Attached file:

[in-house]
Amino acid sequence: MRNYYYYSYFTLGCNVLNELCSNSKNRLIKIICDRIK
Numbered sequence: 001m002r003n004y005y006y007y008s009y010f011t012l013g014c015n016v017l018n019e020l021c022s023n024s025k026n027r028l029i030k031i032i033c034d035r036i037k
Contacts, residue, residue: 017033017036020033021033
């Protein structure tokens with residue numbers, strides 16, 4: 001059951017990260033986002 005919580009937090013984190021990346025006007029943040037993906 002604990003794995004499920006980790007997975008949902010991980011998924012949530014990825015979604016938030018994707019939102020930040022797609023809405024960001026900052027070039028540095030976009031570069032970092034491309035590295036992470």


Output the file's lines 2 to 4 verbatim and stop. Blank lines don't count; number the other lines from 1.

Amino acid sequence: MRNYYYYSYFTLGCNVLNELCSNSKNRLIKIICDRIK
Numbered sequence: 001m002r003n004y005y006y007y008s009y010f011t012l013g014c015n016v017l018n019e020l021c022s023n024s025k026n027r028l029i030k031i032i033c034d035r036i037k
Contacts, residue, residue: 017033017036020033021033